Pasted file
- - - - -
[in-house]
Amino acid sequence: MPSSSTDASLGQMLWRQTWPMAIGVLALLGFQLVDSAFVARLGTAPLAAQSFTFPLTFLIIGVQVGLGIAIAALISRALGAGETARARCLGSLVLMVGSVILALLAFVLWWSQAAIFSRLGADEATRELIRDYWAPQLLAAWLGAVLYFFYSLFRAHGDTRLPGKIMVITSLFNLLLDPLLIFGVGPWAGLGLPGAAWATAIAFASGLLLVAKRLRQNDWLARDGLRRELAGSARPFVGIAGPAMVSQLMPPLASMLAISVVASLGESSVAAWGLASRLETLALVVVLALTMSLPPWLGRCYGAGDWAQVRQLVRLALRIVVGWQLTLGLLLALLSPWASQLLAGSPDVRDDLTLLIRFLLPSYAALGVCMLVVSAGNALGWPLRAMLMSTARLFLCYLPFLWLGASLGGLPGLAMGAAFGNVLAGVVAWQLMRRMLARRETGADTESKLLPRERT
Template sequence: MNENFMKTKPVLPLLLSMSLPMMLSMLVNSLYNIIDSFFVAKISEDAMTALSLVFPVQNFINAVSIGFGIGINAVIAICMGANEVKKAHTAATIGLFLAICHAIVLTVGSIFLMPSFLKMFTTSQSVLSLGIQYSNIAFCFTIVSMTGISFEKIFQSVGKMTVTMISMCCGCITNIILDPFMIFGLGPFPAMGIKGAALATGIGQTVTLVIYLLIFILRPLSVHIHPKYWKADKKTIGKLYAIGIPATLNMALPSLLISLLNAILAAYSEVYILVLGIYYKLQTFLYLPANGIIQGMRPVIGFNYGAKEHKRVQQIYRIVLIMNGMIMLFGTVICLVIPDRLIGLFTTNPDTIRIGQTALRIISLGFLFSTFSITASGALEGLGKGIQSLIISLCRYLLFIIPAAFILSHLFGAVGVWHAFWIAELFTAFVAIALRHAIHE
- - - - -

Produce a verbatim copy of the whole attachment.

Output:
[in-house]
Amino acid sequence: MPSSSTDASLGQMLWRQTWPMAIGVLALLGFQLVDSAFVARLGTAPLAAQSFTFPLTFLIIGVQVGLGIAIAALISRALGAGETARARCLGSLVLMVGSVILALLAFVLWWSQAAIFSRLGADEATRELIRDYWAPQLLAAWLGAVLYFFYSLFRAHGDTRLPGKIMVITSLFNLLLDPLLIFGVGPWAGLGLPGAAWATAIAFASGLLLVAKRLRQNDWLARDGLRRELAGSARPFVGIAGPAMVSQLMPPLASMLAISVVASLGESSVAAWGLASRLETLALVVVLALTMSLPPWLGRCYGAGDWAQVRQLVRLALRIVVGWQLTLGLLLALLSPWASQLLAGSPDVRDDLTLLIRFLLPSYAALGVCMLVVSAGNALGWPLRAMLMSTARLFLCYLPFLWLGASLGGLPGLAMGAAFGNVLAGVVAWQLMRRMLARRETGADTESKLLPRERT
Template sequence: MNENFMKTKPVLPLLLSMSLPMMLSMLVNSLYNIIDSFFVAKISEDAMTALSLVFPVQNFINAVSIGFGIGINAVIAICMGANEVKKAHTAATIGLFLAICHAIVLTVGSIFLMPSFLKMFTTSQSVLSLGIQYSNIAFCFTIVSMTGISFEKIFQSVGKMTVTMISMCCGCITNIILDPFMIFGLGPFPAMGIKGAALATGIGQTVTLVIYLLIFILRPLSVHIHPKYWKADKKTIGKLYAIGIPATLNMALPSLLISLLNAILAAYSEVYILVLGIYYKLQTFLYLPANGIIQGMRPVIGFNYGAKEHKRVQQIYRIVLIMNGMIMLFGTVICLVIPDRLIGLFTTNPDTIRIGQTALRIISLGFLFSTFSITASGALEGLGKGIQSLIISLCRYLLFIIPAAFILSHLFGAVGVWHAFWIAELFTAFVAIALRHAIHE